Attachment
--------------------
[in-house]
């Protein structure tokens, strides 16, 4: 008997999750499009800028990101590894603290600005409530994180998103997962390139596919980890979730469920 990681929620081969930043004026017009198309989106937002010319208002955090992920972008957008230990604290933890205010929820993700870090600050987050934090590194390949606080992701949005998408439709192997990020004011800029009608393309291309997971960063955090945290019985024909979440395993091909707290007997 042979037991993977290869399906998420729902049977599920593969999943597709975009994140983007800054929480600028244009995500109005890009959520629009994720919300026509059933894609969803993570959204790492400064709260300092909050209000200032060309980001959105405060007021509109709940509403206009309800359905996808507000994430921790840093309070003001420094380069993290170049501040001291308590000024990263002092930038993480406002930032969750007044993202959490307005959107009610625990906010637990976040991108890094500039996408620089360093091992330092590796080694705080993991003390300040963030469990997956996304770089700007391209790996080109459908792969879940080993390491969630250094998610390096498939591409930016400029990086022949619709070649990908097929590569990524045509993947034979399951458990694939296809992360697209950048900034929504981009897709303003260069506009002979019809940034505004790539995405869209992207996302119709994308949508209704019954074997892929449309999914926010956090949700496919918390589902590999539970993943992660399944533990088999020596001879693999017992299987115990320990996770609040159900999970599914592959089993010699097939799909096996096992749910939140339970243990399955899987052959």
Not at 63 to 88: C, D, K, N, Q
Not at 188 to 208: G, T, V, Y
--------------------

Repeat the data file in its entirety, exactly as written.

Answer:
[in-house]
């Protein structure tokens, strides 16, 4: 008997999750499009800028990101590894603290600005409530994180998103997962390139596919980890979730469920 990681929620081969930043004026017009198309989106937002010319208002955090992920972008957008230990604290933890205010929820993700870090600050987050934090590194390949606080992701949005998408439709192997990020004011800029009608393309291309997971960063955090945290019985024909979440395993091909707290007997 042979037991993977290869399906998420729902049977599920593969999943597709975009994140983007800054929480600028244009995500109005890009959520629009994720919300026509059933894609969803993570959204790492400064709260300092909050209000200032060309980001959105405060007021509109709940509403206009309800359905996808507000994430921790840093309070003001420094380069993290170049501040001291308590000024990263002092930038993480406002930032969750007044993202959490307005959107009610625990906010637990976040991108890094500039996408620089360093091992330092590796080694705080993991003390300040963030469990997956996304770089700007391209790996080109459908792969879940080993390491969630250094998610390096498939591409930016400029990086022949619709070649990908097929590569990524045509993947034979399951458990694939296809992360697209950048900034929504981009897709303003260069506009002979019809940034505004790539995405869209992207996302119709994308949508209704019954074997892929449309999914926010956090949700496919918390589902590999539970993943992660399944533990088999020596001879693999017992299987115990320990996770609040159900999970599914592959089993010699097939799909096996096992749910939140339970243990399955899987052959």
Not at 63 to 88: C, D, K, N, Q
Not at 188 to 208: G, T, V, Y